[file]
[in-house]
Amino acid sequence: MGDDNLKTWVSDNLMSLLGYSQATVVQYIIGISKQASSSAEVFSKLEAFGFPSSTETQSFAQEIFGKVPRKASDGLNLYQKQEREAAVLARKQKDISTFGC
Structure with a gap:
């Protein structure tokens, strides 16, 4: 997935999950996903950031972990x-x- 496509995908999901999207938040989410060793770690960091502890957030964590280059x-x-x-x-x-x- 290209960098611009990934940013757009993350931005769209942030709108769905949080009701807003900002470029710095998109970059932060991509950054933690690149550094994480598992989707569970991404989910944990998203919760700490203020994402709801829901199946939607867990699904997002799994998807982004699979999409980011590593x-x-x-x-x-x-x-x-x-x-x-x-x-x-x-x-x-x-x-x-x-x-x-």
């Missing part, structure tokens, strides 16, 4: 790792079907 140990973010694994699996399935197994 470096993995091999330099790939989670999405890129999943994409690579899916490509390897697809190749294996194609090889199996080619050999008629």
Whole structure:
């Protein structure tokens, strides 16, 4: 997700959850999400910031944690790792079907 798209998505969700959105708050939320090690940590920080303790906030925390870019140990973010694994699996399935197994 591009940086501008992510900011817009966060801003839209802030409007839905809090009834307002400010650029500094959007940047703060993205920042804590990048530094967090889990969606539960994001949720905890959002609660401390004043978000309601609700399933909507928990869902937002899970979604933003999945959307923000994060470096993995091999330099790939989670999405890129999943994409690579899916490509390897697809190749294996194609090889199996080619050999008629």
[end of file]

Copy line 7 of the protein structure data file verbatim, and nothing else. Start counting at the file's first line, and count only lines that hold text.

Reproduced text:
């Protein structure tokens, strides 16, 4: 997700959850999400910031944690790792079907 798209998505969700959105708050939320090690940590920080303790906030925390870019140990973010694994699996399935197994 591009940086501008992510900011817009966060801003839209802030409007839905809090009834307002400010650029500094959007940047703060993205920042804590990048530094967090889990969606539960994001949720905890959002609660401390004043978000309601609700399933909507928990869902937002899970979604933003999945959307923000994060470096993995091999330099790939989670999405890129999943994409690579899916490509390897697809190749294996194609090889199996080619050999008629």